The last in our four-part series on reading in the Common Core era.
All week we've been reporting on big changes in reading instruction brought on by the Common Core State Standards: a doubling-down on evidence-based reading, writing and speaking; increased use of nonfiction; and a big push to get kids reading more "complex texts."
Whatever you think of these shifts, they're meaningless ideas without a classroom and kids to make sense of them. That's today's story, as we round out our series on reading in the Core era.
It's midmorning at Watkins Elementary in Washington, D.C. From the fourth floor, Amy Wertheimer's fifth-grade classroom looks out over a red-brick grid of row houses and, looming over it all, the U.S. Capitol. But every back is to the view as Ms. Wertheimer calls her kids to the reading rug.
"All right, we are on the carpet in 5 ... 4... "
The students force their rubbery legs, full of early energy, to criss-cross applesauce. Each has a binder. Inside is evidence that the Common Core State Standards have been here.
The kids are reviewing a bit of nonfiction — what the Core calls an "informational text" — titled "Who Settled the West?" It begins with the Native Americans, then moves through the arrival of Europeans and into the 19th century migrations of Mormons, former slaves and gold seekers.
For many of the kids, it was a tough read. Or, to use the Core's vocabulary, "complex." Which is why they're now tackling it together, as a class.
Ms. Wertheimer warms them up with a text-dependent question: "Are all of these native peoples nomadic?"
The kids comb through the text, line by line, word by word.
What makes the text tough? The language, for one. Words like "prejudice" trip them up, as do some of the Native American names. If "Haida" is a speed bump for these readers, "Tlingit" is a brick wall.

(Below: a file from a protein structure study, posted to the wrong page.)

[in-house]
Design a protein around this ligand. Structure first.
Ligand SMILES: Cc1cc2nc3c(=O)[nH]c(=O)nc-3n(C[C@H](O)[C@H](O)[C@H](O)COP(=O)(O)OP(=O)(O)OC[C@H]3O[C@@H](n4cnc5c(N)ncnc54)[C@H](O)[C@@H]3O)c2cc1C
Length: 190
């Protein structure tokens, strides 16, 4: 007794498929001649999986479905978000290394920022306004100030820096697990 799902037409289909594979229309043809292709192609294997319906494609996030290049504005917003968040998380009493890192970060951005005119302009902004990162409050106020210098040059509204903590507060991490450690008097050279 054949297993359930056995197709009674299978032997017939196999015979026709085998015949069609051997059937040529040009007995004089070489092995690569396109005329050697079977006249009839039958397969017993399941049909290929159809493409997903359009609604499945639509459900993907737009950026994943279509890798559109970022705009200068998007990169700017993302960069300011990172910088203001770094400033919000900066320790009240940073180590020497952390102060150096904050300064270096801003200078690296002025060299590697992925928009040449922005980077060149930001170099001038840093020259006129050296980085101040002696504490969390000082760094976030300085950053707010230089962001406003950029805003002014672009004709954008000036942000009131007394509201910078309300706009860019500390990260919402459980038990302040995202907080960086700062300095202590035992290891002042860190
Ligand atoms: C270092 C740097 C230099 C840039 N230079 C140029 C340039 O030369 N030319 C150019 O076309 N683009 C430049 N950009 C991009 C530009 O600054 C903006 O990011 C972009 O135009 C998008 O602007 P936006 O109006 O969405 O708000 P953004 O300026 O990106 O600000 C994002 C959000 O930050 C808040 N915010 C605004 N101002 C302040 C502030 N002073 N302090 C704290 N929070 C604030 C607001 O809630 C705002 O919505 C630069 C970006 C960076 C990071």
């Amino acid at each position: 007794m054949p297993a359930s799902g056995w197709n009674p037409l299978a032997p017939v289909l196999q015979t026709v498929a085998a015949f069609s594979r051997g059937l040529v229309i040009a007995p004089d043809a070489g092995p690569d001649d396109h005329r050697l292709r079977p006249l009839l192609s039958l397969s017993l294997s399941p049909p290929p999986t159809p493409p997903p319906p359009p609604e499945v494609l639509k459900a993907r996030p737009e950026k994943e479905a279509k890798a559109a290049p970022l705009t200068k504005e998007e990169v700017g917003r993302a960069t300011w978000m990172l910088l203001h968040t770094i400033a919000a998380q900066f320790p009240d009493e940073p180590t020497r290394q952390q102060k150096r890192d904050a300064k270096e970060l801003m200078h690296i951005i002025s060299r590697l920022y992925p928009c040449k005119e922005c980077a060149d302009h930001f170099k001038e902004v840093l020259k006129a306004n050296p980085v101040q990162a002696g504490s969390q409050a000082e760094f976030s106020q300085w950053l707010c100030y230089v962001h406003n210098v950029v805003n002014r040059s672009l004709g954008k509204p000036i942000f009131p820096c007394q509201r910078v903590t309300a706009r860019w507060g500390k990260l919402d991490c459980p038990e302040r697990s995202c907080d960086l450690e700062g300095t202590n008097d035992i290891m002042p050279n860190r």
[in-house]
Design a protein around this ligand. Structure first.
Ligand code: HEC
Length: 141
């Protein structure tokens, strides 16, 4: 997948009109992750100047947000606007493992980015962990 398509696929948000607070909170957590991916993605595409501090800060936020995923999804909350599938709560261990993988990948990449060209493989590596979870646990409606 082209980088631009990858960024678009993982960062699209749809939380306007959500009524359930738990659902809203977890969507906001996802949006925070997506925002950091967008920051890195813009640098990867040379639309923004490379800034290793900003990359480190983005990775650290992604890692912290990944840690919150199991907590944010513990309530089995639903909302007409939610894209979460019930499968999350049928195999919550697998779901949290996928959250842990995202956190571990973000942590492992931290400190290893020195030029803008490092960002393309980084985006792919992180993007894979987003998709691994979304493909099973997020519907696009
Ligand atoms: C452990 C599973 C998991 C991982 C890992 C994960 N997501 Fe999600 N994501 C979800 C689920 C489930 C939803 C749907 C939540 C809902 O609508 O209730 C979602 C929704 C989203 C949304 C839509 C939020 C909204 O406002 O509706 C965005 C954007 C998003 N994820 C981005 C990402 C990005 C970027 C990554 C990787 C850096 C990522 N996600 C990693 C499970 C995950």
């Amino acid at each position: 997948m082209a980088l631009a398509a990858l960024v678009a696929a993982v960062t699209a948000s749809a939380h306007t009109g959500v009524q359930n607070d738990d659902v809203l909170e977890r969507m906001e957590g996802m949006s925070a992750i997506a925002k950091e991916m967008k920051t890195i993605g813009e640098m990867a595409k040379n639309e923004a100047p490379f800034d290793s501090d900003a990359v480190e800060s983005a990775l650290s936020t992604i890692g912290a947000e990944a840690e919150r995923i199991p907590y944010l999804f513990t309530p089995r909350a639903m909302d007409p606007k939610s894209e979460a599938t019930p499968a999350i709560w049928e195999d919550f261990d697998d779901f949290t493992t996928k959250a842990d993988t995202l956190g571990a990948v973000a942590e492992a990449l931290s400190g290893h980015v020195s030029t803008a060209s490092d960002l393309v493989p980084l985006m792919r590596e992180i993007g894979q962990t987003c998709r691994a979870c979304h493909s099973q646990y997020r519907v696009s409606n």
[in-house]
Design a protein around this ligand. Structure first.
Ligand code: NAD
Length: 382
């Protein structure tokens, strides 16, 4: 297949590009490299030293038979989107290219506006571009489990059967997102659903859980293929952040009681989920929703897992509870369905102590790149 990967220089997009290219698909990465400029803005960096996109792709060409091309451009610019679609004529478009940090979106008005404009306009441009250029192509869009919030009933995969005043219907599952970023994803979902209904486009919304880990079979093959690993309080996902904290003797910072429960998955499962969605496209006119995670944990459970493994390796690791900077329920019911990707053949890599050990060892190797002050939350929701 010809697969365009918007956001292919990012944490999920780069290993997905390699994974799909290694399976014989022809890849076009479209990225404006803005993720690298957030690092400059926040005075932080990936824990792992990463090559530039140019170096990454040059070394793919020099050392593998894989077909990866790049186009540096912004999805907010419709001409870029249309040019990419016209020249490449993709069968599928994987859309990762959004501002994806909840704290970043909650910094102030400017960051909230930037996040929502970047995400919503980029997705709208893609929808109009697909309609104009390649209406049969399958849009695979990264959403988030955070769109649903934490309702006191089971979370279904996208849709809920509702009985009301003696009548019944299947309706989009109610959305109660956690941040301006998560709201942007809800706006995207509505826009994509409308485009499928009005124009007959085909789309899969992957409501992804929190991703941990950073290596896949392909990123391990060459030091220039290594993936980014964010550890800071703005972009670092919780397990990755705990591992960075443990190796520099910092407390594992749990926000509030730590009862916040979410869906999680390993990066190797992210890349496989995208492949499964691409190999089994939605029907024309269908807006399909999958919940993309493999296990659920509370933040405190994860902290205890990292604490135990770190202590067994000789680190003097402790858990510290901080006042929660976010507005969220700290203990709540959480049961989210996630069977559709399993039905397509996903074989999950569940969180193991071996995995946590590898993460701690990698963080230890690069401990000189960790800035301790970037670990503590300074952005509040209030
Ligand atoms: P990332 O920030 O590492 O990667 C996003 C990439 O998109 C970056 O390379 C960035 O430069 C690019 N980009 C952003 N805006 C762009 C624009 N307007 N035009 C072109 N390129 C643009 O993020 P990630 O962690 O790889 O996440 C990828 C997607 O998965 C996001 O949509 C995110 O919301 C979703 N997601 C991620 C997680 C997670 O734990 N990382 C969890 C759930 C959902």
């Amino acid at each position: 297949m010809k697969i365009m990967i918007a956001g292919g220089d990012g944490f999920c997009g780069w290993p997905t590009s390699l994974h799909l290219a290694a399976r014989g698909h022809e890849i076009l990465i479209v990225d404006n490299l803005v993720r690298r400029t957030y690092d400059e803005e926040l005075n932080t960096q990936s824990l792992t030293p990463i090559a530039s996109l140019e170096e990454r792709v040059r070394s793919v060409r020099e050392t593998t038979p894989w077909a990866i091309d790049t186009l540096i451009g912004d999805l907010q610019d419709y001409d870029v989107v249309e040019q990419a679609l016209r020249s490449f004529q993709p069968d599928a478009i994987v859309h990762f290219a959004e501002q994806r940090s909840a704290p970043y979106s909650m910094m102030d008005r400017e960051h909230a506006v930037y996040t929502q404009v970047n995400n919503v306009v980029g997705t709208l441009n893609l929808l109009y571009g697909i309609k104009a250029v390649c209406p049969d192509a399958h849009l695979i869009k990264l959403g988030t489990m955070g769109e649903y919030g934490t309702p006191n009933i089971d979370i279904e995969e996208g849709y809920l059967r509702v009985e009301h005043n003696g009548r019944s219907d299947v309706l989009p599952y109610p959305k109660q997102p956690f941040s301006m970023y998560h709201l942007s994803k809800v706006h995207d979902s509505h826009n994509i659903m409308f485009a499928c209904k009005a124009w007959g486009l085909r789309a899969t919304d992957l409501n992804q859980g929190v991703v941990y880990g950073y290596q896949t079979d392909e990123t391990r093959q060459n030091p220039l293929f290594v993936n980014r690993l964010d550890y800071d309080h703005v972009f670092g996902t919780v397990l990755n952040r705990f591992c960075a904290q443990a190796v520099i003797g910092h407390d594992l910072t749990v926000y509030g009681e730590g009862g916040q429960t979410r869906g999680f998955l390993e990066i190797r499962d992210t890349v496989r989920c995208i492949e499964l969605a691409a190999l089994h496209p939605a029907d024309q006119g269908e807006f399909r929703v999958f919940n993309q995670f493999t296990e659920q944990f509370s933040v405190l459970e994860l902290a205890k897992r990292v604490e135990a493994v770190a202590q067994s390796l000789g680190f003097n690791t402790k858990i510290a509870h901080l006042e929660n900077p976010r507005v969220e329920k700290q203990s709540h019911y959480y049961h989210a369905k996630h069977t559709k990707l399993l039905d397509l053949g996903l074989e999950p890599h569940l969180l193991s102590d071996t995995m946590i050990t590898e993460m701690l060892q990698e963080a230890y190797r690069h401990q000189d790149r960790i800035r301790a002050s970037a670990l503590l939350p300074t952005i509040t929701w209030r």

But once Khalil Sommerville struggles through them both, he does something just as hard, something the Common Core really wants him to be able to do: He answers Ms. Wertheimer's question using evidence from the text.
"On page 6, paragraph 2," he says, "the first sentence: 'The Haida and Tlingit of the Northwest built permanent wooden homes called longhouses.' "
Khalil flags the word "permanent" — in other words, not nomadic. After an attaboy for Khalil, Ms. Wertheimer asks about the Sioux.
Destiny Brown volunteers: "Page 6, on the first paragraph, at the end it says, 'They lived in tents called tipis.' "
This kind of classwide reading seems to engage the kids. Lots of hands shoot up. When Ms. Wertheimer notices a wallflower, she finds a way to include him.
Searching For Answers
It's also tiring work for the kids. So, after 20 minutes, they break into groups.
One cluster of 10-year-olds dives into the packet, looking for reasons why African-Americans headed west before and after the Civil War.
Kandice Norris scans the text, finds a key quote and offers up Reason One: Former slaves could find paid work in the West. Novaun Lee chimes in with Reason Two: Even before the war, slavery was illegal in the West.
Ms. Wertheimer walks from group to group, helping and encouraging the kids to show evidence for their answers. She's been teaching for 17 years and says this shift to reading more complex material is a big difference, and she loves it.